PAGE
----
Johannesburg - The second phase of the Gautrain is fast becoming a reality, with tenders for feasibility studies to be awarded within the next two weeks.
The first leg will run from Sandton to Honeydew through Randburg, with another six extensions to be constructed over the next 25 years stretching from Mamelodi to Naledi.
The second leg runs from Honeydew, through Cosmo City, Fourways and Bluehills to Samrand.
The feasibility study, which will take two years, will consider issues such as value for money, affordability, risk transfer, as well as financial, technical and legal issues.
When that is complete, the environmental impact assessment will be done – this will take about a year. Then the construction should start. It is projected to take between three and five years.
Gautrain Management Agency chief executive Jack van der Merwe said there would be an expected 18.7 million people living in Gauteng in the next 25 years, 8.6 million of whom would be workers needing transport to and from work.
This would result in 25 million passenger trips a day, excluding school and leisure trips.
“This is the same number of trips they have in London, and we have 25 years to replicate that city’s transport systems. So something has to be done to improve public transport. We want it to be a mode of choice, not of force,” he said.
Realising that something had to be done, the province came up with a 25-year integrated transport master plan that looked at issues such as the predicted economy, what type of jobs would be created, the number of workers, land-use, public transport, non-motorised transport and private car use.
The study also looked at land availability and it was found that 1.5 million people would not be able to be accommodated in the province.
A triangle of land was identified between Pretoria/Joburg and OR Tambo International Airport, which will be densified to accommodate between 80 and 100 people per hectare.
“The transport plan is a holistic one, and everyone, including local municipalities, gave their input,” he said.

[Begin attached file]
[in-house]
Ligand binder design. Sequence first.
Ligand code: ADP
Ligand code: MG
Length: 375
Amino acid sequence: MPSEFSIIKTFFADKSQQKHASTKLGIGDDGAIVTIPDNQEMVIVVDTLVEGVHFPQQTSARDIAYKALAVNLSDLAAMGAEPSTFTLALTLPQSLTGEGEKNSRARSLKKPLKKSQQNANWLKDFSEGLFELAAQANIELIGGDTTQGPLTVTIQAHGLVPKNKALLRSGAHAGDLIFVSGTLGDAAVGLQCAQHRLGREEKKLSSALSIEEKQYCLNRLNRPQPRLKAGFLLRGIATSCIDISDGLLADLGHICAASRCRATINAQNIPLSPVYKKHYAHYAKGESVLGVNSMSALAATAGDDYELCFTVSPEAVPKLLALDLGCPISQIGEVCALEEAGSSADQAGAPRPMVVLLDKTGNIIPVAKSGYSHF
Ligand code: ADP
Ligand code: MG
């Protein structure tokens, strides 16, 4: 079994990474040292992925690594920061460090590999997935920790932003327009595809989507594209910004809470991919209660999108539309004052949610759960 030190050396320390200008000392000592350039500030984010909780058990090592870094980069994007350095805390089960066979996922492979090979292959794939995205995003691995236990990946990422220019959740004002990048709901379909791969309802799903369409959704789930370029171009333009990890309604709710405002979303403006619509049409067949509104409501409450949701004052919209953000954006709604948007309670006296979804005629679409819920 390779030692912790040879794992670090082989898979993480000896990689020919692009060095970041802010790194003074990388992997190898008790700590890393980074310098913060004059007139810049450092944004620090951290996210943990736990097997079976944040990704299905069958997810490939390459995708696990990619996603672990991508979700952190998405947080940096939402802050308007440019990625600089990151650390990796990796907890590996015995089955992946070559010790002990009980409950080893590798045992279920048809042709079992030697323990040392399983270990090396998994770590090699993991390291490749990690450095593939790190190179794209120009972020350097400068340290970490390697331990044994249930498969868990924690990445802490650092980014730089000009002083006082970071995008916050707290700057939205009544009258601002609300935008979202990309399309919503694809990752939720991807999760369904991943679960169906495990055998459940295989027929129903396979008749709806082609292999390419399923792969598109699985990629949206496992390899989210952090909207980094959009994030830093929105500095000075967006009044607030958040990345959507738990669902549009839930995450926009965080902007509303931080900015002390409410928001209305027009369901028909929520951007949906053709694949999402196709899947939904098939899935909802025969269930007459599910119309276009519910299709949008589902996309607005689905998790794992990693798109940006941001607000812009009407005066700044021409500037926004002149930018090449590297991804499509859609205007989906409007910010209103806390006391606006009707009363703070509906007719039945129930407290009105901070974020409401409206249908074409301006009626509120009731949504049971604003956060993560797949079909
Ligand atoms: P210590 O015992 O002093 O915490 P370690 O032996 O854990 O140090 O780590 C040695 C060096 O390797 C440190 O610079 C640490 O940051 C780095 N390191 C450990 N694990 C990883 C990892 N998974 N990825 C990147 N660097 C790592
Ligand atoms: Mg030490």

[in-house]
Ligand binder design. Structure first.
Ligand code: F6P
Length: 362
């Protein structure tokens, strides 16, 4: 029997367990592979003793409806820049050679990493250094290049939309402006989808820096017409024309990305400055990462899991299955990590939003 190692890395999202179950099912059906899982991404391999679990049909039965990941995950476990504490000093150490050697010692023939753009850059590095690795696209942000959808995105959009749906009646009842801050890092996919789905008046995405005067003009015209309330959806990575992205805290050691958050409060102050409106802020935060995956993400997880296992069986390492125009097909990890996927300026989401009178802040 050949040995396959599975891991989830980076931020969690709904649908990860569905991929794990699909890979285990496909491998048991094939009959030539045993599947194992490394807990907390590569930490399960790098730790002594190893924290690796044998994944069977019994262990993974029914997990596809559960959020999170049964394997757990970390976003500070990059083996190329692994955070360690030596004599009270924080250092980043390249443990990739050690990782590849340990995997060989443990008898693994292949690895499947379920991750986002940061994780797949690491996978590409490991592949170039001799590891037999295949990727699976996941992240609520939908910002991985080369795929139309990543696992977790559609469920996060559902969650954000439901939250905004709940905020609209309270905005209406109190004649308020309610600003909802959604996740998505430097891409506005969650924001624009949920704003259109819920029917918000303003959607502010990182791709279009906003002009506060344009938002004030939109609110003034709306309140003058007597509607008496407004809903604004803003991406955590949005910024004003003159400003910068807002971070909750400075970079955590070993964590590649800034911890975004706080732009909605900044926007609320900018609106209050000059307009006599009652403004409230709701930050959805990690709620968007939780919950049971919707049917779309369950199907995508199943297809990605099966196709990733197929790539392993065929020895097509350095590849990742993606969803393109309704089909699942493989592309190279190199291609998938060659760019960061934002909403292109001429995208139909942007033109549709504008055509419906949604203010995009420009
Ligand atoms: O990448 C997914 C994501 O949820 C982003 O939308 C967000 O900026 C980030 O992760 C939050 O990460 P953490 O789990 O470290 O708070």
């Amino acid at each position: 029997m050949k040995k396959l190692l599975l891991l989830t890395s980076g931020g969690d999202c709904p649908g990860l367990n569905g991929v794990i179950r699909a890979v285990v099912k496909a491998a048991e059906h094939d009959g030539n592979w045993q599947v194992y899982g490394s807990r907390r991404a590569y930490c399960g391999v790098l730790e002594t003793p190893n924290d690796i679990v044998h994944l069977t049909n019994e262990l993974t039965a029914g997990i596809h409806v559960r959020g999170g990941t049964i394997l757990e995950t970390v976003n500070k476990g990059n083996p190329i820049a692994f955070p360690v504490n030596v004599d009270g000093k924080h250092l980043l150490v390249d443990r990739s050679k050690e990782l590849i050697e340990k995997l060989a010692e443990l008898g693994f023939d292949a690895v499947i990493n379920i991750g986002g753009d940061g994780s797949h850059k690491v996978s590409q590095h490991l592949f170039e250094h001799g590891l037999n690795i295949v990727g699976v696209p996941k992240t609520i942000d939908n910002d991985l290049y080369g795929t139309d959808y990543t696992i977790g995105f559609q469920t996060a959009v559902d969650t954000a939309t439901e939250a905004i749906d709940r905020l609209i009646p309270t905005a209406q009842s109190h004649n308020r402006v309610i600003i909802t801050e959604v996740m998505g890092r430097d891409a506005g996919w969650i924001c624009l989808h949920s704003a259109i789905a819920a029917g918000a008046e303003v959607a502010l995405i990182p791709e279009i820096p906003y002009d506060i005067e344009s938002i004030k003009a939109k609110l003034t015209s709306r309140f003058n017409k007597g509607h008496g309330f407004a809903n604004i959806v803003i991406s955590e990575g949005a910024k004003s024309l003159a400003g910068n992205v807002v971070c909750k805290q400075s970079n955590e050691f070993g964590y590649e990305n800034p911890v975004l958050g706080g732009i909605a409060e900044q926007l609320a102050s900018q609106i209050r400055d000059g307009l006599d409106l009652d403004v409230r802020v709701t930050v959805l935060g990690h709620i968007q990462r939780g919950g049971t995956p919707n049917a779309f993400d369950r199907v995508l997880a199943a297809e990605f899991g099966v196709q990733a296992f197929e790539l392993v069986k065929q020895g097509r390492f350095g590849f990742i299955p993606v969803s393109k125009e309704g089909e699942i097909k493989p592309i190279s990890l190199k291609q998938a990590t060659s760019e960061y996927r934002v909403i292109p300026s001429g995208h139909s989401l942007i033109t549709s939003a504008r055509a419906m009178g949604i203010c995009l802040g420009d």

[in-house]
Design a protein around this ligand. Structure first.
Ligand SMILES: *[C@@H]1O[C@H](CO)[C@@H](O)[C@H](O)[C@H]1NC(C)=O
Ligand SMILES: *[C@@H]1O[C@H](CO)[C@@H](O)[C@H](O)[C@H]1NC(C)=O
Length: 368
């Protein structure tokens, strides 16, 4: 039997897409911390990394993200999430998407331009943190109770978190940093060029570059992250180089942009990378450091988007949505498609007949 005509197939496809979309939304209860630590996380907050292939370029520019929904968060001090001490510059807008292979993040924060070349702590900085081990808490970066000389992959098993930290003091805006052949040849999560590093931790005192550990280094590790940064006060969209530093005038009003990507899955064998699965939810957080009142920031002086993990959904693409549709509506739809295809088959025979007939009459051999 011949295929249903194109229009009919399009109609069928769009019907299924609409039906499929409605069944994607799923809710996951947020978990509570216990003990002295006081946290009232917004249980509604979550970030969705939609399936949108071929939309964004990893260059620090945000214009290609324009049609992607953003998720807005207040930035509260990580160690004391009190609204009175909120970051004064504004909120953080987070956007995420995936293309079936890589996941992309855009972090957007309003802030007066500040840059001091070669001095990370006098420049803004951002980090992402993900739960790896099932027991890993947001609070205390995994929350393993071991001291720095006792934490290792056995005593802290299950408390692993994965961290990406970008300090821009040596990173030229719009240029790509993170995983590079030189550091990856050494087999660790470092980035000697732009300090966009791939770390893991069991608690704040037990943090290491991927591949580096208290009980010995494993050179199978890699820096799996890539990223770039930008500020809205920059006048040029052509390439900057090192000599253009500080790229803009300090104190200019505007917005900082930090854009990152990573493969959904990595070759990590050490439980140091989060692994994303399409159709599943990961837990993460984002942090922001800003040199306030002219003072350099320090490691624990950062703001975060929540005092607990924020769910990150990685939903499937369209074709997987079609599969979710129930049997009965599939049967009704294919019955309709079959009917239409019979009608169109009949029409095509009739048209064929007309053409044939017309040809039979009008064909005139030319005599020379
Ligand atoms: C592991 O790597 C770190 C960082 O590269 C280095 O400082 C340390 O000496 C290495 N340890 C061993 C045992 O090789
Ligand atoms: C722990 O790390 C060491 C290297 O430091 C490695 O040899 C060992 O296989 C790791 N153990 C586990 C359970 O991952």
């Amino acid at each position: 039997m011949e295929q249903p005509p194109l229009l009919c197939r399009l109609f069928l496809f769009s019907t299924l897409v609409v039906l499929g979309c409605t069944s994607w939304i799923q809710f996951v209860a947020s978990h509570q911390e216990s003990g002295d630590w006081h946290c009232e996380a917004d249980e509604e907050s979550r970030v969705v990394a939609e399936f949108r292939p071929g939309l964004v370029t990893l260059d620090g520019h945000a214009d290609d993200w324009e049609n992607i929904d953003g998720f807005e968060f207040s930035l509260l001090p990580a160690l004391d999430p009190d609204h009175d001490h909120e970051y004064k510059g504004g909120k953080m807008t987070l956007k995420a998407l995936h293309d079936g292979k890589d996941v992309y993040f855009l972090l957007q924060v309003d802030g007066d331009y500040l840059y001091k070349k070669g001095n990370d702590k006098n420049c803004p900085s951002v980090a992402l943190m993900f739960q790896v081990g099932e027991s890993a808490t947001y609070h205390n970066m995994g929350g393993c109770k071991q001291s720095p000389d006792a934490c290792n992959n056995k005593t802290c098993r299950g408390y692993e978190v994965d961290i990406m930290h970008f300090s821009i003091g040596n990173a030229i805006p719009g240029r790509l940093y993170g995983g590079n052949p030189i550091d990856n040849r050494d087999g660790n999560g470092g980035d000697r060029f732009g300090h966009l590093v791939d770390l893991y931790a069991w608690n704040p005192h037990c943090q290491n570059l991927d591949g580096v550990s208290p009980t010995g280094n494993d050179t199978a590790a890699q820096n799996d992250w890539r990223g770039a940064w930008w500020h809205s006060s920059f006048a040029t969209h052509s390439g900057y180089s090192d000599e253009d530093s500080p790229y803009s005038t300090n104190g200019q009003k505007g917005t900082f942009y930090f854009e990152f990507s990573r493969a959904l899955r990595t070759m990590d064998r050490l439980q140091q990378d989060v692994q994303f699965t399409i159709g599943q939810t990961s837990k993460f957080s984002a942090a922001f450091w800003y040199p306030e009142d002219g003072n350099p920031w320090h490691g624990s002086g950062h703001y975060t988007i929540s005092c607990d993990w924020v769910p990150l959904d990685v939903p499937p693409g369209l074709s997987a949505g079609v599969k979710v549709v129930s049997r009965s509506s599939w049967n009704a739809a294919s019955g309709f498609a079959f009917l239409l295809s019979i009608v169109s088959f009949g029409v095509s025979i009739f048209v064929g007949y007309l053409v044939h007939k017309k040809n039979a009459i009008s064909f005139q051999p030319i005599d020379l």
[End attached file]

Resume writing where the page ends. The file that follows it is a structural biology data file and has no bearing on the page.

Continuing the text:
Van der Merwe said he predicted a turnabout by people who had opposed the train in the past.
“The last time, no one knew what to expect and there were lots of objections. No one wanted the train too close to their properties.
“But now that they have seen how sharply the value of properties around the Gautrain stations have increased, many will want the stations to be close to them,” he said.
The province had gained invaluable experience during the construction of the Gautrain.
This would help immensely for the next phase, Van der Merwe said.
“There will always be problems and objections on a project of this size, both with the expropriation of land and with environmental groups, but this is to be expected.
“The one good thing is that we became experts in how to manage public-private partnerships, especially in regard to socio-economic aspects of such a project, which hugely benefited many South Africans and local companies,” he said.
Again, the model will be fares higher than taxis, but lower than car use.
Van der Merwe would not be drawn on the cost of the project.
“It is too early to predict, besides which, even if I could guesstimate, I wouldn’t as this landed me in a lot of trouble last time around,” he joked.
He had announced the Gautrain would cost R8 billion, but in the end that figure was closer to R30 billion.